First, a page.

Oct. 27, 2009 -- A new survey shows only about one in four pregnant women and mothers of young children plan to get the H1N1 flu vaccine this year, despite recommendations from public health groups urging them to do so.
The CDC, American College of Obstetrics and Gynecology, and many other public health organizations strongly recommend that pregnant women and new mothers get both the seasonal and H1N1 flu vaccine shots to protect themselves as well as their newborns.
The survey shows 43% of pregnant women and mothers of children younger than 2 years old plan to get a seasonal flu shot this year, up from 33% surveyed last year. But only 27% plan on getting the H1N1 flu vaccine.
Researchers say confusion and concerns about the safety and effectiveness of the H1N1 vaccine may be preventing many pregnant women from getting the additional protection they need.
A CDC analysis shows pregnant women are up to four times more likely to be hospitalized for complications from the H1N1 and other flu viruses compared to the general population. This may be due to changes in the body related to pregnancy, such as reduced lung capacity, which can make respiratory diseases more dangerous, and changes to the immune system that can make a pregnant woman more susceptible to infection.
"With H1N1 being the dominant influenza virus circulating so far this year, it is vital that all pregnant women get their seasonal and H1N1 flu shots as soon as possible," says Ashley Roman, MD, clinical assistant professor of obstetrics and gynecology at New York University School of Medicine and assistant clinical professor at Yale University, in a news release.
Confusion Over H1N1 Vaccine Risk
The Harris Interactive survey of 668 pregnant women and mothers of children less than 2 years old across the U.S. shows that 86% of women believe the seasonal flu shot is safe; only 68% think the H1N1 flu vaccine is safe. The online U.S. survey was conducted between Sept. 17 and Sept. 29 among women aged 18-50 who were currently pregnant and/or had children under 2 years old.
The most common concern among the pregnant women surveyed was the belief that the H1N1 flu vaccine has not been adequately tested. But researchers say the H1N1 vaccine is made the same way as the seasonal flu shot and has been found in clinical studies to be safe and effective at producing an immune response in healthy adults.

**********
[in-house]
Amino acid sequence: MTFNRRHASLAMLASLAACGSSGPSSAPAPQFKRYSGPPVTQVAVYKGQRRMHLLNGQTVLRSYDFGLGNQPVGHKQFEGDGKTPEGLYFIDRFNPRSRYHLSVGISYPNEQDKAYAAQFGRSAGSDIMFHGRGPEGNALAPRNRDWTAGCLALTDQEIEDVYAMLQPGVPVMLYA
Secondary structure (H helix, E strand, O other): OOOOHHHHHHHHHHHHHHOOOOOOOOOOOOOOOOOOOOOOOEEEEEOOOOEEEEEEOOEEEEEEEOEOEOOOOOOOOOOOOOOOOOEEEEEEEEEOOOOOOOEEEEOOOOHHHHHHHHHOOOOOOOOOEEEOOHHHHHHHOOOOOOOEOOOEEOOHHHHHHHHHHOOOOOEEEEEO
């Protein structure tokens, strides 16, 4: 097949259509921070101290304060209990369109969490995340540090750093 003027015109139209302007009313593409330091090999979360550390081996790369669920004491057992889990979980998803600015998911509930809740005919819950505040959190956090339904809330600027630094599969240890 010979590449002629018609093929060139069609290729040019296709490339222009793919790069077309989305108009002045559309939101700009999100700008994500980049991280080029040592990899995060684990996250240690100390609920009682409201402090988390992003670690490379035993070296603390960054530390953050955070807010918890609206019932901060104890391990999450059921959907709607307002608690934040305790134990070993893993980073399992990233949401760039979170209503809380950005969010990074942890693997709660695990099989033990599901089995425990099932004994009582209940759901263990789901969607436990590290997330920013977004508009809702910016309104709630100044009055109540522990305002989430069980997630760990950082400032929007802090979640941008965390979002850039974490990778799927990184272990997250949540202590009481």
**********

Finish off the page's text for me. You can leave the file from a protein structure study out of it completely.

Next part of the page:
"Both the seasonal and H1N1 flu shots are safe for women to get during any stage of pregnancy and the shots are available in thimerosal-free forms, for those who are concerned about mercury preservatives," says Roman.
Researchers also found that only half of the women knew that getting a flu shot while pregnant will protect both themselves and their newborn babies after birth.
The survey also showed that 41% of Hispanic women vs. 26% of all women believed the false claim that getting a flu shot while pregnant can put an unborn baby's health at risk. Less than half of Hispanic women were aware that the seasonal and H1N1 flu vaccines are recommended for pregnant women compared with 71% of women overall.
However, the survey showed Hispanic women were more likely than women overall to discuss getting H1N1 and seasonal flu shots with their health care provider.
The survey and an accompanying "Flu-Free and A Mom-to-Be: Protect Yourself, Protect Your Baby - Get Your Flu Shots!" campaign organized by HealthyWomen and the Association of Women's Health, Obstetric and Neonatal Nurses is supported by CSL Biotherapies, which produces flu vaccines.